That the future form of the verb may be limited is evident from the fact that the very same form (aphetheesetai) is used in Matthew 12:31 and 32. Much patient investigation, and years of experience since this fact was first observed, have convinced the compiler of the CONCORDANT VERSION that the Greek future with a negative is always limited to the time of action. It does not deny at all times. If the reader will cheek this by the Greek or by the sublinear of the Concordant Version he will arrive at the same conclusion, and it will be a source of much satisfaction to him, for it really settles, and that conclusively, some most important questions. Above all, it allows us to believe all that God has said, and does not make us array one part of His Word against another.

How instructive and important this fact is may be seen from another passage. In John 3:36 we read, "He who is believing into the Son has eonian life, yet he who is stubborn as to the Son shall not be seeing life, but the indignation of God is remaining on him." The phrase "shall not see life," wrenched out of its context, has hindered many from an acceptance of God's glorious goal. This has its root in the mistranslation "everlasting," for, if eternal life is in question in one part of the sentence, then "shall not see life" can have no limits. But if eonian life is promised to the believer, an intelligent reader will see that it is eonian life also which the stubborn shall not see. And this is made absolutely sure by the form of the Greek future. It deals not with a fact but an incomplete, limited action. The context, the form of the verb, and definite declarations of God in other portions of His Word are in delightful agreement. If we take "shall not see life" as a fact for all time, we must clash with the context, we must ignore the form of the verb, and we must deny God's great assertions that death shall be abolished (1 Cor.15: 26) and that, in Christ, all shall be made alive (1 Cor.15:22).

It is glorious to be able to revel in all that God has revealed! We do not need to worry about contradictory passages. They do not exist! Only in our ignorance of the exactitude of Holy Writ will we bring up texts to bolster up our unbelief in God's glorious ultimate. To test such facts as these, let us not fall back upon traditional scholarship. It has long been stereotyped and dares not acknowledge its own deficiencies. I have never seen a Greek grammar which clearly distinguishes between verb forms which are indefinite and those which are incomplete, or, in process. Nor do we ask anyone to rely upon our statement that this is so. With the Concordant Sublinear anyone can test it for himself, and rest his faith on the irrefutable facts.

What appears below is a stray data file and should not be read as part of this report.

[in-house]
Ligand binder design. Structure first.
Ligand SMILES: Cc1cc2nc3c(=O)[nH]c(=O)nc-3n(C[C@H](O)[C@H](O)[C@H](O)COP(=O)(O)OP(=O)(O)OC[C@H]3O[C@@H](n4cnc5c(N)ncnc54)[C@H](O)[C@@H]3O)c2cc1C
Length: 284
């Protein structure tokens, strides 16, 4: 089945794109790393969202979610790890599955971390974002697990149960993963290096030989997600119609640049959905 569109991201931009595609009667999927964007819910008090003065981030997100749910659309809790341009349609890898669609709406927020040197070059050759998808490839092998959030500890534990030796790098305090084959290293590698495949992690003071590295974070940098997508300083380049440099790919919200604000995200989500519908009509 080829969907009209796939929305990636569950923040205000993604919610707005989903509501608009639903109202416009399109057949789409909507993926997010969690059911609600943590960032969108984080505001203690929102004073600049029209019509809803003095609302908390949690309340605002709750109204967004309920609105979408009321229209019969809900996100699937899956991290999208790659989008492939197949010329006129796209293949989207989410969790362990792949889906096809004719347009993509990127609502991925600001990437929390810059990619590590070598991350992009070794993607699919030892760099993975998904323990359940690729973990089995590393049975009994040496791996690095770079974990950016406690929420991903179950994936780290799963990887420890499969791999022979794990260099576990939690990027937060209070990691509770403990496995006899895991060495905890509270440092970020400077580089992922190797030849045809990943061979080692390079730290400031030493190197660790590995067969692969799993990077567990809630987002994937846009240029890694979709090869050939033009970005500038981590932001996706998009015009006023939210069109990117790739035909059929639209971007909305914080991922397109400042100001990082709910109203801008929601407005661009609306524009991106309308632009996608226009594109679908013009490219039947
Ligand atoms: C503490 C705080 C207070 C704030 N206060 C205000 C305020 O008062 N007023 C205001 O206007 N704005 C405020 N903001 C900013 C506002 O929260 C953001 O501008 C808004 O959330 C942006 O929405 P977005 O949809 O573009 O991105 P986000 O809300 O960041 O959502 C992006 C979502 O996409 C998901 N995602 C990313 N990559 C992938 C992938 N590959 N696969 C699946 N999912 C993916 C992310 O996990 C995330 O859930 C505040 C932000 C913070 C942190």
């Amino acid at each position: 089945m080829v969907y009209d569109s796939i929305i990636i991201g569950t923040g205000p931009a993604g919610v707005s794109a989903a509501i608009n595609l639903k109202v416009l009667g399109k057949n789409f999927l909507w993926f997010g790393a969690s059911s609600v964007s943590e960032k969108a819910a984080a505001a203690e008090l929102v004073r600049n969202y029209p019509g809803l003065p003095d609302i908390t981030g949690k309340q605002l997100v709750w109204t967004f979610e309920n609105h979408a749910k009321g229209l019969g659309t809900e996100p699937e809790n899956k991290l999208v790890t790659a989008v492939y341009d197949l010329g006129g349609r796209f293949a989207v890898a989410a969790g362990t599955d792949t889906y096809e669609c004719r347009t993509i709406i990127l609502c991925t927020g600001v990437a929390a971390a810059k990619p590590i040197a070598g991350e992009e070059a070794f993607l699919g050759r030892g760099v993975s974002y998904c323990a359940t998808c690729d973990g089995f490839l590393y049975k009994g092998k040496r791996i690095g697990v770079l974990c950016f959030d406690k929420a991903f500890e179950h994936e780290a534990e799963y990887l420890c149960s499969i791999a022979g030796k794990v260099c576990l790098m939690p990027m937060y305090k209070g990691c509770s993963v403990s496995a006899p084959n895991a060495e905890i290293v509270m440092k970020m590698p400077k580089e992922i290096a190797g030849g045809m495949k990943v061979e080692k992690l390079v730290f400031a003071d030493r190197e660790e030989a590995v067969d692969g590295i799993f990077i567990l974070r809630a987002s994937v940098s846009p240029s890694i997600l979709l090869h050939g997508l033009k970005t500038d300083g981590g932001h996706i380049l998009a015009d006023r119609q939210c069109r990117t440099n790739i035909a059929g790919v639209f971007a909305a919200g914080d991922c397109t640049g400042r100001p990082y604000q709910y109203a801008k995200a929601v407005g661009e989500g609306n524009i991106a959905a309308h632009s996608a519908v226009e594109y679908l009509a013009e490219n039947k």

Let each one who has the spirit of God judge: Shall we listen to learning which rests on its own reputation and refuses the facts, when this course brings God's revelation into hopeless internal conflict? Or shall we quietly consult that Word itself, as we are now able to do as never before, when such a course reveals to us the most exquisite harmony and complete accord? Were the Word of God a great hymn, as indeed it is, my ear could never bear the jazz that theology has made of it. But now that my heart has heard its heavenly harmony, and my spirit is inspired by its sweet symphony, it is torture to hear the jangling discords of hard and stubborn hearts, which, selfishly satisfied with their own safety, hope to make it more secure by condemning others to eternal damnation, thereby filling God's Word and His ways and His world with unbearable discord.

Therefore, we conclude that the sin against the holy spirit will not be pardoned in the time specified, the only time when pardon is offered, in this eon and in the next, according as it is written. (Moreover, it is concerned with the proclamation of the kingdom to Israel, and not with the present grace). The statements where this time limit is not directly included imply the same thing in the form of the verb. Consequently, the fate, after the next eon, of those who commit this sin, is not determined by these passages, but by other explicit declarations.

The sin against the holy spirit shall not be pardoned (Luke 12:10). It will be judged. Those who commit it will stand before the great white throne and will suffer the penalty imposed by our Lord for this sin. They will be cast into the lake of fire, which is the second death. Thereafter, when death is abolished, and all are made alive at the consummation, they, with all the rest of mankind, will be justified and reconciled to God through the blood of Christ's cross.

The crude reasoning that concludes that those who are never forgiven will never be saved is a good example of how reasoning from ignorance breeds unbelief and enslaves men in fear and utter despair. How many have morbidly imagined that they had committed this sin and spoiled their whole career! Those who bring it up as a proof that Colossians 1:20 is not true convict themselves of two crimes, the most devastating that men can commit--ignorance and unbelief so stubborn that it dares to pit one passage of God's Word against another and make Him a liar.

Forward to Chapter 16